How to get a fake ID

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Spread the loveEdit the pic in Photoshop, Fireworks, or GIMP to make it look real. Set your photo up on…

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Edit the pic in Photoshop, Fireworks, or GIMP to make it look real. Set your photo up on a screen next to a copy of a real ID. Adjust the contrast, brightness, and saturation levels in your image until you’re confident that it looks like a real ID photo. Export your edited photo as a new image to save the original in case you aren’t happy with the final product.
In Photoshop, click the adjustments panel on the side. Select the layer that your photo is on and slide the brightness, contrast, and saturation to adjust the colors and light in your photo.Drag the image on to the template and trim any edges to make it fit. Import your new photo into the ID template and drag it to the proper location.
Some templates will automatically center it for you, but you may need to crop the image so that it fits the slot for the portrait. If the photo stays behind the template when you move it, right click the photo and select the layers option.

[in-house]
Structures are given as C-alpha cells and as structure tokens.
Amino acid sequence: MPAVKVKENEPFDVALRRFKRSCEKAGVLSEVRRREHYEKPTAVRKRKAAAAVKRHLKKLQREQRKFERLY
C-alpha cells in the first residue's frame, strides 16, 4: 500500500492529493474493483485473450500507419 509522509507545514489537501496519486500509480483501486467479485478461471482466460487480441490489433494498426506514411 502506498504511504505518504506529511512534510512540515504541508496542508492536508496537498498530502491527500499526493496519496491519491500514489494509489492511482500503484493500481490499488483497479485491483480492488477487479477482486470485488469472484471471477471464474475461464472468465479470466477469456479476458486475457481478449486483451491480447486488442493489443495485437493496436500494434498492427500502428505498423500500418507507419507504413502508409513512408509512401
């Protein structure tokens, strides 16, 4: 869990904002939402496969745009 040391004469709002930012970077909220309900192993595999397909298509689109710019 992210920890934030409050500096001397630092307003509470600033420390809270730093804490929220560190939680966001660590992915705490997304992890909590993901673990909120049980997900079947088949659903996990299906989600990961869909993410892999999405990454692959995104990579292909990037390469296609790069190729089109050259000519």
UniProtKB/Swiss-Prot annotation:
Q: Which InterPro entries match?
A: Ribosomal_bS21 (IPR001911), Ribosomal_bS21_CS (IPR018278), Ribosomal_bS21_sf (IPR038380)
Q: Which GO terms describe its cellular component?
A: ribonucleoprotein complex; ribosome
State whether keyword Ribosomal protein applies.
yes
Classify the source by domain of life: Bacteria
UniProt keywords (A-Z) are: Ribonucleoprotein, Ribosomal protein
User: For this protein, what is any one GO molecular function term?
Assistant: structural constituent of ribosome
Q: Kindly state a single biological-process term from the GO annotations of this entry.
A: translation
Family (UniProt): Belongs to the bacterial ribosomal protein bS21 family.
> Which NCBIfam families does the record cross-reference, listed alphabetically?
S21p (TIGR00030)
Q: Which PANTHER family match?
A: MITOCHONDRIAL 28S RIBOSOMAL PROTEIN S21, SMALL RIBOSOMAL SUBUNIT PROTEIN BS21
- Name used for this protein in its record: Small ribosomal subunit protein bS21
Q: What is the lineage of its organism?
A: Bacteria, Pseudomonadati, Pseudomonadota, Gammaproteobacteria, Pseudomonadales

Tryto make as few adjustments to the size of your image as possible. This will reduce the odds that the resolution comes out fuzzy when you print the ID.
Ad just the text in the boxes so that they match your description. In the United States (and many other countries), the eye color and hair color codes are 3 letters. They represent a corresponding color for hair and eyes. Use the code that most closely matches the hair and eye color of the person in the photo.
Modify the restriction and endorsement codes for your ID. Some IDs have restrictions and endorsements for drivers with disabilities, special exemptions, or unique licenses. Check your state’s ID to see if there are restriction and endorsement codes. If there are, write the endorsement code as “P,” for passenger vehicle, since this is the most common endorsement. The restriction code is usually either “A” or left intentionally blank for a regular driver.
Other common restriction codes include “B” for people that wear corrective lenses or glasses, and “R” for motorcycles. If either of these apply to u, change the endorsement code.